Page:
Japan to join forces with US and Europe in regulating ‘Big Tech’

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Japan will combine forces with the United States and Europe to carry on almost any marketplace abuses by the four Big Tech platforms, the new mind of its antitrust watchdog has said, a signal Tokyo will combine global efforts to regulate digital platform operators.

Kazuyuki Furuya, chairman of Japan’s Fair Trade Commission (FTC), also said Tokyo may open a probe into any merger or business tie-up involving fitness tracker maker Fitbit when the magnitude of these deals are large enough.

“If the size of any merger or business-tie up is big, we can launch an anti-monopoly investigation into the buyer’s process of acquiring a start-up (like Fitbit),” he told journalists at our partner news agency Reuters. “We’re closely watching developments including in Europe.” he continued.

EU antitrust regulators in August launched a study into a $2.1 billion deal with Alphabet unit Google’s bid to purchase Fitbit that aimed to take on Apple and Samsung in the wearable technology industry.

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Japan is laying the groundwork to control operators. One of them are big tech giants dubbed “GAFA” – Google, Apple, Amazon and Facebook – which face numerous antitrust probes in western nations.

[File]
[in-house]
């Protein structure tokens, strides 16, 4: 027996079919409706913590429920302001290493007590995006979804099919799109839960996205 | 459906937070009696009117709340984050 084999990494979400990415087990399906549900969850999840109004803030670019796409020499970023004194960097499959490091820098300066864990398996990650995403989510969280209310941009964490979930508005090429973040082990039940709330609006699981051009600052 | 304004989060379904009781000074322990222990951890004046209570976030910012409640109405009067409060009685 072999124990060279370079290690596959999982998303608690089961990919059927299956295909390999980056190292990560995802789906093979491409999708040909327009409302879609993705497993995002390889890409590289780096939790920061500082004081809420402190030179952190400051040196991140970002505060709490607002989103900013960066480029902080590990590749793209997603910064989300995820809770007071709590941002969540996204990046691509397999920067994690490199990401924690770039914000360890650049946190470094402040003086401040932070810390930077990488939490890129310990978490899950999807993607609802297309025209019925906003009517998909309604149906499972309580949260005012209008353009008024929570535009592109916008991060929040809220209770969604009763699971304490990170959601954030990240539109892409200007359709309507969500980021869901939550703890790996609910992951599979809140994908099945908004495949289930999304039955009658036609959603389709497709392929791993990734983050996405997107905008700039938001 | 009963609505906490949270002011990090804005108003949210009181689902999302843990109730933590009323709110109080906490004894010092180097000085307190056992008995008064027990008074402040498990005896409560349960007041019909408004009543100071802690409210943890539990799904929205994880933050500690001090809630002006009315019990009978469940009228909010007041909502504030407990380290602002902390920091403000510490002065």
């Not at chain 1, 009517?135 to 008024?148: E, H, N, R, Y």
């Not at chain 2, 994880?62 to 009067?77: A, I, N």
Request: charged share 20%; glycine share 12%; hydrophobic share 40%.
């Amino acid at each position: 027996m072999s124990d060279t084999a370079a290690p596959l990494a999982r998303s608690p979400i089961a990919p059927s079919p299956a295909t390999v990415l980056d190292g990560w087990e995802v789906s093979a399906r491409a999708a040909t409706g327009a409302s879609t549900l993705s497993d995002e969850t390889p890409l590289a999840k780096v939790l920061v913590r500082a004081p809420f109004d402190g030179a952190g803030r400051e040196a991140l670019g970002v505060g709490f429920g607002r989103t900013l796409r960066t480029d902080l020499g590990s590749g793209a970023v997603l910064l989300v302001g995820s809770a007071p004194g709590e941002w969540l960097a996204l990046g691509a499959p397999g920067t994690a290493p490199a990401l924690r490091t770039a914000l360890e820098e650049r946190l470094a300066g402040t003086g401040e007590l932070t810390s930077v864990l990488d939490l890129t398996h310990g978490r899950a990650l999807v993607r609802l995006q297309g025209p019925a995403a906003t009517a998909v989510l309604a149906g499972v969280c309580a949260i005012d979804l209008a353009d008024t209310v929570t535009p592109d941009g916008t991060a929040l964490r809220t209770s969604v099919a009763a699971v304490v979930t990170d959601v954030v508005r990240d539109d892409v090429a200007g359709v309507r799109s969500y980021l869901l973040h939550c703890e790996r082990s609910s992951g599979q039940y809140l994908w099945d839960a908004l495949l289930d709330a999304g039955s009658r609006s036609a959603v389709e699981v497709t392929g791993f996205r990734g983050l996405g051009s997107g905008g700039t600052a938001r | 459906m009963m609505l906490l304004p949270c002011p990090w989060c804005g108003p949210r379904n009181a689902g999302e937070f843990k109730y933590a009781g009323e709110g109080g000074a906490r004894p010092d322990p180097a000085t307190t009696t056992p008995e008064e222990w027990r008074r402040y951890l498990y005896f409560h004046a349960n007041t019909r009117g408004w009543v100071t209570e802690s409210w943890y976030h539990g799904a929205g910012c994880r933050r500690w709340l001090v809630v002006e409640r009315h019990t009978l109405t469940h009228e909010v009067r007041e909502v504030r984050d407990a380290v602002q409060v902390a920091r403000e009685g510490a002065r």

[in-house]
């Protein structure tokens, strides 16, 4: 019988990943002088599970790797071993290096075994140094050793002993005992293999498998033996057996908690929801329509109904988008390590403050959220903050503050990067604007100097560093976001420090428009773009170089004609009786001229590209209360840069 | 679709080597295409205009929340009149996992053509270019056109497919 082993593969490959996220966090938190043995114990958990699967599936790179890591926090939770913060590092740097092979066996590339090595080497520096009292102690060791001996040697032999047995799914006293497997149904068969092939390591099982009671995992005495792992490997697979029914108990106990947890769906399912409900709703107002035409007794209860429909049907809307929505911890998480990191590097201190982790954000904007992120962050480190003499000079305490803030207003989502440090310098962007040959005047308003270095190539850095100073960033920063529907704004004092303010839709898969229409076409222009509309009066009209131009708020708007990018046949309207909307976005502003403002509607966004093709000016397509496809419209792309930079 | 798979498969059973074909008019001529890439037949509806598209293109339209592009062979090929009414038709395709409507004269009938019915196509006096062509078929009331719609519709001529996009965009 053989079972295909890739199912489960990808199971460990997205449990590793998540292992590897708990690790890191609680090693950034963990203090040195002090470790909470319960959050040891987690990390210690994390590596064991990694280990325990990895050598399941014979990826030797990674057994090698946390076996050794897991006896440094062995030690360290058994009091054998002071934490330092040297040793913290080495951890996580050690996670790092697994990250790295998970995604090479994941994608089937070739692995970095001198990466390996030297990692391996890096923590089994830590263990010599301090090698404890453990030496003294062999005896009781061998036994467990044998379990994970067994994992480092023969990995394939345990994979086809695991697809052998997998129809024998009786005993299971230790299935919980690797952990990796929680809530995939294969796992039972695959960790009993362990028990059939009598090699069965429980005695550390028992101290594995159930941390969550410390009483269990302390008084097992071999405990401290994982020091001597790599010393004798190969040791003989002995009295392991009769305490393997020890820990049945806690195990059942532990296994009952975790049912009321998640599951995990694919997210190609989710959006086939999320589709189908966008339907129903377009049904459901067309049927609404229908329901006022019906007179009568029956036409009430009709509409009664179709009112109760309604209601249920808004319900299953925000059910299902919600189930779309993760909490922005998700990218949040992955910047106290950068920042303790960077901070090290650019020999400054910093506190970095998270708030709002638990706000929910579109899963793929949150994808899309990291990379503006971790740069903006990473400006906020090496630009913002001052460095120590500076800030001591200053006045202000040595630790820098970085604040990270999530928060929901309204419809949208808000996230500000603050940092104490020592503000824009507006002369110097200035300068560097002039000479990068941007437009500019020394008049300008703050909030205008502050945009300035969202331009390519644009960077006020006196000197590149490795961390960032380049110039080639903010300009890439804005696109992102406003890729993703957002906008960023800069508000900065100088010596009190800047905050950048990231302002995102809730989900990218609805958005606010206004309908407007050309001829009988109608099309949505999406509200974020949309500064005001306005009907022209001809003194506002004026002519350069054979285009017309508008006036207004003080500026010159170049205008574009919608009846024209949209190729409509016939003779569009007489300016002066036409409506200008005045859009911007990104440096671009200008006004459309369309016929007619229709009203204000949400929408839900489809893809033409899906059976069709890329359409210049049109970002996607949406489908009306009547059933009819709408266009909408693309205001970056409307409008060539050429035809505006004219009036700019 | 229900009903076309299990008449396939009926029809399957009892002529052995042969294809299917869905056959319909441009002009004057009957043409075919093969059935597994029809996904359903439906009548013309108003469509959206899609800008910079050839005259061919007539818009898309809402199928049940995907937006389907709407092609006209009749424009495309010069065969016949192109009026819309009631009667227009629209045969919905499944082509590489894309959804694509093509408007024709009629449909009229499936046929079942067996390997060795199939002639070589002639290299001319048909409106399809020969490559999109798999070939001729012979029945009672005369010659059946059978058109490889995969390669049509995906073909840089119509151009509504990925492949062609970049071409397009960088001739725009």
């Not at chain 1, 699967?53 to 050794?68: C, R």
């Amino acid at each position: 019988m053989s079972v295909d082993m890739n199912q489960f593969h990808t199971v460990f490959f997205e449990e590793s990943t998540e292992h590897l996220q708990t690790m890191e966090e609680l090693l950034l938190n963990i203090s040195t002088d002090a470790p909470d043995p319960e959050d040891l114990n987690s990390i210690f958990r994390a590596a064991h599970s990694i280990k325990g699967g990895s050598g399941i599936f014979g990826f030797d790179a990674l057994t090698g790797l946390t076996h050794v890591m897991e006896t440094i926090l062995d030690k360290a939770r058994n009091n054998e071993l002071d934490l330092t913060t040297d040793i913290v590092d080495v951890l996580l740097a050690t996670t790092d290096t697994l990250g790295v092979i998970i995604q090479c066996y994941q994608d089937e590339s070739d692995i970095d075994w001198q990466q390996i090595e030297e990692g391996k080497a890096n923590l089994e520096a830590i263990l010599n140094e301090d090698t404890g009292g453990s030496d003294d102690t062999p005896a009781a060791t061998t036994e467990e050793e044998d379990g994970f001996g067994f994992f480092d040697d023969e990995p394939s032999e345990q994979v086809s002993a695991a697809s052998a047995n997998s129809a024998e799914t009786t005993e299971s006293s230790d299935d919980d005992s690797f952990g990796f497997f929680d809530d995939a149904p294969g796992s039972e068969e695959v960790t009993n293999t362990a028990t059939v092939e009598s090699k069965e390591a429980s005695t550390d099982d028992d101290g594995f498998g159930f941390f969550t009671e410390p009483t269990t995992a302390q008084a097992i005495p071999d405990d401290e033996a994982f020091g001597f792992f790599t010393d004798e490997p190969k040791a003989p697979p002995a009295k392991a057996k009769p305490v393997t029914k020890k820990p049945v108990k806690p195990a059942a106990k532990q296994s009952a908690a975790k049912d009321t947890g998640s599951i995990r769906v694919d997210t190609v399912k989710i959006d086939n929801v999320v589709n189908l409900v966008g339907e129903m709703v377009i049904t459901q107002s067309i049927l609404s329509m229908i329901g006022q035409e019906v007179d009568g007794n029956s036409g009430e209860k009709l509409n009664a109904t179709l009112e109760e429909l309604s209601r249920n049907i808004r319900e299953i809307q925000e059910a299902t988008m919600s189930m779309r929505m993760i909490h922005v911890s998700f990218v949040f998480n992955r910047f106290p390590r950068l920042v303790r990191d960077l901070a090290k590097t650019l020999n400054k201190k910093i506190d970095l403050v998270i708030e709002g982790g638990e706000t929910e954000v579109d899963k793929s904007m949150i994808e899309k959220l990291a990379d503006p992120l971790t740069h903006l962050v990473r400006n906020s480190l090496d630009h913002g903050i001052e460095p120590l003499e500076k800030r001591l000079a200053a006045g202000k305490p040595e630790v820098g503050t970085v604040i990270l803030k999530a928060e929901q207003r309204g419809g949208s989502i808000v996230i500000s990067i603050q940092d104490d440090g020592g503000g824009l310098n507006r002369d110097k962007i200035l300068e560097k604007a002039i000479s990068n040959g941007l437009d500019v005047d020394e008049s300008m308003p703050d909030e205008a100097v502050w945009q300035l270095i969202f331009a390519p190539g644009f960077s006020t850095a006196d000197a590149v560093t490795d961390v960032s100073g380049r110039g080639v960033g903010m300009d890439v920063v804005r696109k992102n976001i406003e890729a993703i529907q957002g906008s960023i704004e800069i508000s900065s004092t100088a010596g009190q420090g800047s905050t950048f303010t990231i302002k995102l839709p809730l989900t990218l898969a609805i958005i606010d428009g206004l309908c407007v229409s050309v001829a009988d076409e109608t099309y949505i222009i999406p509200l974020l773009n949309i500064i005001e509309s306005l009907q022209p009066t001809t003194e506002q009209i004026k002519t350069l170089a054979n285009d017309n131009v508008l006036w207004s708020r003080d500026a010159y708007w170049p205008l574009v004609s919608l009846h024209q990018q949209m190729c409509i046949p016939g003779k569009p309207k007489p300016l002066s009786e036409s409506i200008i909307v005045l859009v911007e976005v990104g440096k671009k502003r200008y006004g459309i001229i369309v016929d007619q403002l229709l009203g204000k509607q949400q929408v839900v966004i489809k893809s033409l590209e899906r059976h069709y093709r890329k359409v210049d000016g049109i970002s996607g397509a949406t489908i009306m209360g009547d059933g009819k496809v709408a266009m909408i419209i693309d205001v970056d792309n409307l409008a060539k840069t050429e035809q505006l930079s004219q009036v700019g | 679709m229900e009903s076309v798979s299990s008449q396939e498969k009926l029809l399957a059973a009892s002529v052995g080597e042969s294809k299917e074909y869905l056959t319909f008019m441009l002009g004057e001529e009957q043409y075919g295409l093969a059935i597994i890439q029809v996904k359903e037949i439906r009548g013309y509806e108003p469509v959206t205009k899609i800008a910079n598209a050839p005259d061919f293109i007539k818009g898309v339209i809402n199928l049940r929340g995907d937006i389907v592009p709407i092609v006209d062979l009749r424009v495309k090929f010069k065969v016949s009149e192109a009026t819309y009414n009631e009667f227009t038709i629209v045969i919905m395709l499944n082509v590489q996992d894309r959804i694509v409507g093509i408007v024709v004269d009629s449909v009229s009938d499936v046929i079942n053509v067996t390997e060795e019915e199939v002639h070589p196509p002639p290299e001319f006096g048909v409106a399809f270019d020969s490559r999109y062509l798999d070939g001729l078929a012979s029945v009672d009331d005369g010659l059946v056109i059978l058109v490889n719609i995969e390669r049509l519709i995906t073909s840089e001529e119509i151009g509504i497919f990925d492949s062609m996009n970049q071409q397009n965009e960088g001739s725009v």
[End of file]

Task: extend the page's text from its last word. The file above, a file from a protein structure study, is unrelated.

Multi-national companies such as GAFA have similar business practices throughout the world, making international manipulation vital, Furuya said.

“We’ll work closely with our US and European counterparts, and respond if to any moves that hamper competition” he explained.

“This is an area I will push through aggressively,” he stated, including the FTC was ready to start probes if digital platformers abuse their dominant market positions against customers.

Furuya, who assumed the post in September, also said that the FTC would conduct research into Japan’s mobile phone market to see if there is any room for improvement to spur competition.

Such a move might help Prime Minister Yoshihide Suga’s drive to slash Japan’s cell phone charges, he has repeatedly hailed as too large.

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Furuya countered the view that helping the government meet its policy priorities can undermine the FTC’s position for a body mandated to act independently from political meddling.

“If there’s a policy priority for the government, there’s no doubt the FTC should think about what it can do on that front,” Furuya stated.

“By participating in the government’s debate on policy issues, we have been reflecting our thinking in the process. This is something our organisation should do.”

The team at Platform Executive hope you have enjoyed this news article. Initial reporting via our official content partners at Thomson Reuters. Reporting by Leika Kihara and Takahiko Wada. Editing by Chang-Ran Kim and Gerry Doyle.

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